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Tide turns against Wal-Mart
Sentiment against the retailer was late to arrive here, but has. Opponents give several reasons.
By DAN DEWITT
Published May 13, 2007
SPRING HILL - When Arline Erdrich rallied opposition against a proposed Wal-Mart Supercenter in 1999, her sanity and patriotism were questioned, and before one meeting, her life was threatened.
"Somebody called and said, 'You better watch out because we're going to have people there with guns, ' " said Erdrich, founder of the Coalition for Anti-Urban Sprawl and the Environment.
"Not only were people saying Wal-Mart was great, but that we were crazy. They said we were anti-American."
Eight years later, support for Wal-Mart in Hernando has waned and fighting it has gone mainstream. Dozens of residents attended a meeting on Wednesday, when the County Commission considered a plan to build what would have been Hernando's fourth supercenter, on Barclay Avenue near Spring Hill Drive.
All of the residents who spoke opposed the project. All of the commissioners voted against it.
Though opponents were careful to say they had nothing against Wal-Mart and commissioners said their votes were based on concerns about increased traffic and residents' safety, not everyone believes them.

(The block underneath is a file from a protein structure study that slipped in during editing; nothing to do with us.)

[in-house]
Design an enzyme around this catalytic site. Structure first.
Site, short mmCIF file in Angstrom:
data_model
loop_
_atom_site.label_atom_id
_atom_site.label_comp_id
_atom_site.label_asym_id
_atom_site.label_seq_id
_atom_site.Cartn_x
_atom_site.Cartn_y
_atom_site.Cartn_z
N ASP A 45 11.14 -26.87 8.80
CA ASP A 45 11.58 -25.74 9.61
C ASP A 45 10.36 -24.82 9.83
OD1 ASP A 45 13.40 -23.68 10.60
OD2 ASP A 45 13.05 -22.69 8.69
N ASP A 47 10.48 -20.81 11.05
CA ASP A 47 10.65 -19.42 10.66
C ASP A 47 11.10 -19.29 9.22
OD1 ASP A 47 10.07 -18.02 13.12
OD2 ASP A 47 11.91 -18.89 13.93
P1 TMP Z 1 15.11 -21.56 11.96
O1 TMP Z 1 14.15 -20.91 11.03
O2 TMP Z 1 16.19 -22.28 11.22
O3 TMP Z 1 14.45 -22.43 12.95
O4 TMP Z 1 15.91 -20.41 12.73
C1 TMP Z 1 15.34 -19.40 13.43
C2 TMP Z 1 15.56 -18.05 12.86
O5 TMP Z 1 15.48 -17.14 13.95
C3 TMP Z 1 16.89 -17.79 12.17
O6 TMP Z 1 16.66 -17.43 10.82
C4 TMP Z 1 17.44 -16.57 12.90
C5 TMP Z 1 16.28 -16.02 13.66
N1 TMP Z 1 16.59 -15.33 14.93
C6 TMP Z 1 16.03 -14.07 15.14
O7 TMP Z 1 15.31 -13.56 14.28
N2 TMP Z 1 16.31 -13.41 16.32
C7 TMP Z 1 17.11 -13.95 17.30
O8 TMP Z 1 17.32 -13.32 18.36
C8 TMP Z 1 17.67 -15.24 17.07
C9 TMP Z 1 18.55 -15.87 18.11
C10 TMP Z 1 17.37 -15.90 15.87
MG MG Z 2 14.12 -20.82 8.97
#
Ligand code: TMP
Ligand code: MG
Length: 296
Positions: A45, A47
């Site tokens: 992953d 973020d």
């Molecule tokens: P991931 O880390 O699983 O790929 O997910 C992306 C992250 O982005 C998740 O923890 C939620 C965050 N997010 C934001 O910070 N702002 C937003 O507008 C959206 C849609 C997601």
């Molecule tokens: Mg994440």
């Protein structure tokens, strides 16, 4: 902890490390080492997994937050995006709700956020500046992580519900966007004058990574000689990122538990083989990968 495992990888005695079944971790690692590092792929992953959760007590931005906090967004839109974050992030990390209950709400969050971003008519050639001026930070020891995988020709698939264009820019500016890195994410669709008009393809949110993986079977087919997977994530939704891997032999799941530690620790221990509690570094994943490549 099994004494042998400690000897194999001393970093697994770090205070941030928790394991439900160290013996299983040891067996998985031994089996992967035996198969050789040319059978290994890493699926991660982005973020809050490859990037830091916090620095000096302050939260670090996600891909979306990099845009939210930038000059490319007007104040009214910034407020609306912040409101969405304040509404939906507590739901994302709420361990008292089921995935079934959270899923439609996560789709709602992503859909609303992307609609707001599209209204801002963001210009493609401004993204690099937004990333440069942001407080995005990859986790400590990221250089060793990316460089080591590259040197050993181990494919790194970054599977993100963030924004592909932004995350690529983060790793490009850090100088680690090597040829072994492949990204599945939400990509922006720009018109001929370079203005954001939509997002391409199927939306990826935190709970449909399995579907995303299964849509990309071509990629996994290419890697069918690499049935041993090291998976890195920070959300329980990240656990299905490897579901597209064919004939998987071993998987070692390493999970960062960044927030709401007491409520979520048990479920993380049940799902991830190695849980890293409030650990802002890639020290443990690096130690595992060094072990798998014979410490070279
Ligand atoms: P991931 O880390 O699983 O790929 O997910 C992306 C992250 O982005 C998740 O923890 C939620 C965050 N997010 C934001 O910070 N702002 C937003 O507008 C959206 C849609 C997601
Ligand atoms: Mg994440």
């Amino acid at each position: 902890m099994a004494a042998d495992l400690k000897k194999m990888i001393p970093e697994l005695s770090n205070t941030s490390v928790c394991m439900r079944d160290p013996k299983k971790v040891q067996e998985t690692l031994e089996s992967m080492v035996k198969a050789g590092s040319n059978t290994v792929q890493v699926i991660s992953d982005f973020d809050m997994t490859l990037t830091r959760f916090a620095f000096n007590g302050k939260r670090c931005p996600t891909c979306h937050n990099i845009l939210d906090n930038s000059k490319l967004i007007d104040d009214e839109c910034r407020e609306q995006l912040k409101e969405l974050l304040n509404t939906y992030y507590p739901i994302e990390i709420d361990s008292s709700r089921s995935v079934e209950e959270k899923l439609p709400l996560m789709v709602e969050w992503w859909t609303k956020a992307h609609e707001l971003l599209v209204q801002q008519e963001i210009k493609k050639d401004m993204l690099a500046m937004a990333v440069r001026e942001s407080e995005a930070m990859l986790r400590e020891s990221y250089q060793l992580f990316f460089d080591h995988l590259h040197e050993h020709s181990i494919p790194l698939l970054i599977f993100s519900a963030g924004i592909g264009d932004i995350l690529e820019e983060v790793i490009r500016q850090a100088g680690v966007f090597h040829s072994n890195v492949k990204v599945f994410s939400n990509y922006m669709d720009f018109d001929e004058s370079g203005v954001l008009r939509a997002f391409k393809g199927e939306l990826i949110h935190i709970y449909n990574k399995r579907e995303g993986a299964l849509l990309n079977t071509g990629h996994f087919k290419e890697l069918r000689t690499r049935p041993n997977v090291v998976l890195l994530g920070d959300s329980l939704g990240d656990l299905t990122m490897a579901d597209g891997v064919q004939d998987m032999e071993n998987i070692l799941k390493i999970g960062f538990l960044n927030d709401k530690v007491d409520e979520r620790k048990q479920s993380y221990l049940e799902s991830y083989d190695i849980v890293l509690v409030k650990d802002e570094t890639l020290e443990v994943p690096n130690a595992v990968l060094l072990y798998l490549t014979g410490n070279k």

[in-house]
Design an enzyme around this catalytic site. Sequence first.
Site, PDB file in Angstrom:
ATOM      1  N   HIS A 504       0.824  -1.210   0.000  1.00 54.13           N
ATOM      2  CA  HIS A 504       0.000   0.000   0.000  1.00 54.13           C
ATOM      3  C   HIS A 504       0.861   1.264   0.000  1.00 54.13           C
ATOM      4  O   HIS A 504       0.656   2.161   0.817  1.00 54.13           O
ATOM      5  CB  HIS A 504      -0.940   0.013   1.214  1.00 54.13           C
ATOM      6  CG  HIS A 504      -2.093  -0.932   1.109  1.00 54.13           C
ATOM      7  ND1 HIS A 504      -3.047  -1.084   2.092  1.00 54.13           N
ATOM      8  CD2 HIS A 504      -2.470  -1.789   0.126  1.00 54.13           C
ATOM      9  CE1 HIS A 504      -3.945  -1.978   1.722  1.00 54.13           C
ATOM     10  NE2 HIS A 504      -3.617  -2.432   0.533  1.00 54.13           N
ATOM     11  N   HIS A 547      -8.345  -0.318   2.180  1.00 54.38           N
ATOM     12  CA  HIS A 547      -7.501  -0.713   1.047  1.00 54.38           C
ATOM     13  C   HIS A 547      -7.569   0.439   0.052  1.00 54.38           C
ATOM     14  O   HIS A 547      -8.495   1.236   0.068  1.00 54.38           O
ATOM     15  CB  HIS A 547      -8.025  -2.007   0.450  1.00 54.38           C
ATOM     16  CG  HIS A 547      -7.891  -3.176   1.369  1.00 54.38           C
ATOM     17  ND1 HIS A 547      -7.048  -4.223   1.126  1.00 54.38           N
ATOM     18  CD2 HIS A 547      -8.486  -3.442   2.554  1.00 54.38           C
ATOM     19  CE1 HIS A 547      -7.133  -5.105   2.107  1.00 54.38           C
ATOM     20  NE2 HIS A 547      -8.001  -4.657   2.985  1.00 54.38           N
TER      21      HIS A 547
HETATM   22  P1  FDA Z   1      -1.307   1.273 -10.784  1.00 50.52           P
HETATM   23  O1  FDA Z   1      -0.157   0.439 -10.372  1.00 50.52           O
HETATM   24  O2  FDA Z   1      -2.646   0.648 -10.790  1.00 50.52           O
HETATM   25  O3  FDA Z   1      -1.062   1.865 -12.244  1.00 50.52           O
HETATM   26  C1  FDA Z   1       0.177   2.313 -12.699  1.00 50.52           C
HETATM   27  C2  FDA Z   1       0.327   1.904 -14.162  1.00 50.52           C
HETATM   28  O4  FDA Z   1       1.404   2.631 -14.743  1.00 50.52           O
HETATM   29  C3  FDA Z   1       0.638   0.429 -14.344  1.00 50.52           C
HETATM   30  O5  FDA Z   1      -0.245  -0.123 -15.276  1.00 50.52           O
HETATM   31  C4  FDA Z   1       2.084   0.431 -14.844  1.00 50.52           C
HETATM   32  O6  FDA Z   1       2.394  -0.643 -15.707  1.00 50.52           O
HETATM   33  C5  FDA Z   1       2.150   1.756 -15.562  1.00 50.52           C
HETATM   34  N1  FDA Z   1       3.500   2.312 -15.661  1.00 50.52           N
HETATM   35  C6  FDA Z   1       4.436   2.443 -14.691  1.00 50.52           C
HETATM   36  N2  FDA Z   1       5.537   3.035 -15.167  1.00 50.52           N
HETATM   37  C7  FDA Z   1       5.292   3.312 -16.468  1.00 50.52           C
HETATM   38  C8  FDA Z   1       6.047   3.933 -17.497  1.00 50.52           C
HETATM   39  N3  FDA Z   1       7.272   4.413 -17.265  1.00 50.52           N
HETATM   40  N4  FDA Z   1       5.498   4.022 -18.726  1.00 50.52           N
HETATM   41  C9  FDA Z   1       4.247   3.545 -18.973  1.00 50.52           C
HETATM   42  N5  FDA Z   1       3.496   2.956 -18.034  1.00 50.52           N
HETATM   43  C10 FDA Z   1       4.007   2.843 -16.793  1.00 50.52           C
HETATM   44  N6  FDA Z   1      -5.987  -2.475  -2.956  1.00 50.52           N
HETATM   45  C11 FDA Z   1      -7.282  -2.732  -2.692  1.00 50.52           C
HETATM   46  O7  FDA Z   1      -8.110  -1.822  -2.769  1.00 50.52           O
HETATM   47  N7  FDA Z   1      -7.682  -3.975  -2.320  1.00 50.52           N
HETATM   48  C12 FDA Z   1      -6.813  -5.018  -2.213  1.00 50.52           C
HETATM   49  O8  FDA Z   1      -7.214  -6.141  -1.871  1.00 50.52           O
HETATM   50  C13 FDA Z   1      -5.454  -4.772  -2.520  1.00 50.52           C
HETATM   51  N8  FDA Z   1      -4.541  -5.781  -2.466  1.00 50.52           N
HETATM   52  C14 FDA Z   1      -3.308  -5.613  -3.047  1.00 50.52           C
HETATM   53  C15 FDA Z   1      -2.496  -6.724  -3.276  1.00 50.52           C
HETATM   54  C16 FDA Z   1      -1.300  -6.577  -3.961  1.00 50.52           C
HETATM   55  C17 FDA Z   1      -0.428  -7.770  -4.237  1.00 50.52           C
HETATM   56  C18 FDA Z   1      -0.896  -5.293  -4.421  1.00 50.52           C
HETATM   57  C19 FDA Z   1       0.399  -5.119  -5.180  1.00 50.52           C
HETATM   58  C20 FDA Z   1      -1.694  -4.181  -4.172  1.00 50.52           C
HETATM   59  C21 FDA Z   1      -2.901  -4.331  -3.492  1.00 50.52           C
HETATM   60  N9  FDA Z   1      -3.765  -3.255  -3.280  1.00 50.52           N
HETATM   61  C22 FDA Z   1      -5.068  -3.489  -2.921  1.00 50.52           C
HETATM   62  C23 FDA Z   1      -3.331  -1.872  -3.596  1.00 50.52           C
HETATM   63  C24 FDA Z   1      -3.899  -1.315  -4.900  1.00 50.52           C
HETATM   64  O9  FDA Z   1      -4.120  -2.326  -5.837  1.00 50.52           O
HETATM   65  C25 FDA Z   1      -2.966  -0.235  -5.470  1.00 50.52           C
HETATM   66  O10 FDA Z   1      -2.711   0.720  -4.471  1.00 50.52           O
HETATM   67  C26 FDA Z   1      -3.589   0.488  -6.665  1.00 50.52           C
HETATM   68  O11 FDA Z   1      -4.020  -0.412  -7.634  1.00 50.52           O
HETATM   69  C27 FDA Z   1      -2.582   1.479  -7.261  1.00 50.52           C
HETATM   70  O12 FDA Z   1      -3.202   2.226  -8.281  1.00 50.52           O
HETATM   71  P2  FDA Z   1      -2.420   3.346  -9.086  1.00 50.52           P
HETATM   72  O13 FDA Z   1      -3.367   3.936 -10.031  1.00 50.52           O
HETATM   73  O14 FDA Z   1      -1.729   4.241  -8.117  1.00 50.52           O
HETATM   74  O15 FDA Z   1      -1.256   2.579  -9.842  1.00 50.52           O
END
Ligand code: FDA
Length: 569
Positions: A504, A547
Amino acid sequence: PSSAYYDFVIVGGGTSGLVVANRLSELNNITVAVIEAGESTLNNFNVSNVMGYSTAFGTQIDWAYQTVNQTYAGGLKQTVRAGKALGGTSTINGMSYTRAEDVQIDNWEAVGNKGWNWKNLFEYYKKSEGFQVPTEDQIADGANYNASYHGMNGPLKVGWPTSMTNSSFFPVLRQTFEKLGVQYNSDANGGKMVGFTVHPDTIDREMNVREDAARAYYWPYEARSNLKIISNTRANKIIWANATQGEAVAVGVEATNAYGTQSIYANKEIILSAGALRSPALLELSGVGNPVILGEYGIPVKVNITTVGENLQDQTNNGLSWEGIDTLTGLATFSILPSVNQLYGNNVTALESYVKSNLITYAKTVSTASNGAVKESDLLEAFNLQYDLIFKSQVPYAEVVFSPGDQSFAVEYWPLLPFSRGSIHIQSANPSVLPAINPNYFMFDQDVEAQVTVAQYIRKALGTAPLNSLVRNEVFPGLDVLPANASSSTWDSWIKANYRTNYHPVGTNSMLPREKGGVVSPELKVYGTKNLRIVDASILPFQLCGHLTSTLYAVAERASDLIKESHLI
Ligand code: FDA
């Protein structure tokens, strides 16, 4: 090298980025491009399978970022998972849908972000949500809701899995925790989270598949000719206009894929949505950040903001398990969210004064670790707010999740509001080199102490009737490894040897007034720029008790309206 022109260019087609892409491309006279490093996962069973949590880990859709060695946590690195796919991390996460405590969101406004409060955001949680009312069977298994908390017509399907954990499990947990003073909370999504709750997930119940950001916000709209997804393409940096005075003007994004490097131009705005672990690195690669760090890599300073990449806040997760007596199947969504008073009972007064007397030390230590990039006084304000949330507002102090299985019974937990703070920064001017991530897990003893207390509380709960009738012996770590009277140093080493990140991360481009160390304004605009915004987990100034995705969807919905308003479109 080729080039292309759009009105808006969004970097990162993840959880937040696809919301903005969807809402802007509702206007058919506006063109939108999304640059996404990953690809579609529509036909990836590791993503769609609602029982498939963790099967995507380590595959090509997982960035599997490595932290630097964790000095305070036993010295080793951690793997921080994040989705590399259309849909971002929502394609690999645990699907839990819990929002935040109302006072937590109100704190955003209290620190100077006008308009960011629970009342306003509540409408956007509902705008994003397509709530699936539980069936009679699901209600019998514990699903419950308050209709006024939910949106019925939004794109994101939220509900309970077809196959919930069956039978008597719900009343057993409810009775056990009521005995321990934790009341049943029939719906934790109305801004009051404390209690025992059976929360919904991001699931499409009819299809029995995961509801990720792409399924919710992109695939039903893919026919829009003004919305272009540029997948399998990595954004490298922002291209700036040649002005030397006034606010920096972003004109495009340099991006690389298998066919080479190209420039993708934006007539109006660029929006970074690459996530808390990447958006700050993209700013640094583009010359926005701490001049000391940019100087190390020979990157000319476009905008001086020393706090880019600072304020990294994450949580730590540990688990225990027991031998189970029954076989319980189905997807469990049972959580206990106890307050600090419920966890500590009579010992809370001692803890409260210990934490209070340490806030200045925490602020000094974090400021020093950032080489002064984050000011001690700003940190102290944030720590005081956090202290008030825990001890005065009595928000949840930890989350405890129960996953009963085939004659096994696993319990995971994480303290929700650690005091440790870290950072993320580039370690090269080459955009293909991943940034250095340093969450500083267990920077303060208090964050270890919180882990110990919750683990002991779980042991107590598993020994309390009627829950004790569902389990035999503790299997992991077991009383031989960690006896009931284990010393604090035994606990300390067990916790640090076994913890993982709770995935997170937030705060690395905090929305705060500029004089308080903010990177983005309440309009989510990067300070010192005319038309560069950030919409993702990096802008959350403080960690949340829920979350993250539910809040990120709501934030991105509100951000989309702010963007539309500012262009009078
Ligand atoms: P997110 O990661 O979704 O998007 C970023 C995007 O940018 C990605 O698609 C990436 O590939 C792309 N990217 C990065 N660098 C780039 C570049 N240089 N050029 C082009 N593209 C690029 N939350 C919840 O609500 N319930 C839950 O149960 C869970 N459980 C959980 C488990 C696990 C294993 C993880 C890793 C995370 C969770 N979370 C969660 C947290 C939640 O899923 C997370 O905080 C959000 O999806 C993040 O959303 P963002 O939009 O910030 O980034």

The vote was clearly political, said Anna Liisa Covell, a member of the county Planning and Zoning Commission, which in April recommended approving the plan for the store. Its members agreed with county planners that the retailer had a clear right to build on the Barclay site.
"If this were a JCPenney or a Target store, I don't think it would have been a problem, " Covell said. "It's a nationwide thing that Wal-Mart is political poison."
'Greed gone berserk'
This trend was late to arrive in Hernando County.
In 1991, when the company announced plans to build its distribution center in Ridge Manor West, county Commissioner June Ester said: "I can't think of any negative impact at all."
The first supercenter on State Road 50 opened in 1996 with shoppers raving about the variety of merchandise. The Brooksville supercenter was approved without controversy in 2001, and members of the Coalition for Anti-Urban Sprawl and the Environment, which fought the plan to build the store on U.S. 19, were mostly coastal residents concerned about the loss of bear habitat.
Wal-Mart's declining public image is only one of several reasons for Wednesday's vote, Erdrich and others said.
The 185, 000-square-foot store planned for Barclay would have been across the street from the Pristine Place residential development and within 11/2 miles of 6, 600 residential lots, opponents said. Four schools, including Powell Middle School, are in the same area.
That contrasts with the store on U.S. 19, Erdrich said, which "was not impinging on people's property and their roads. It was not causing them any discomfort."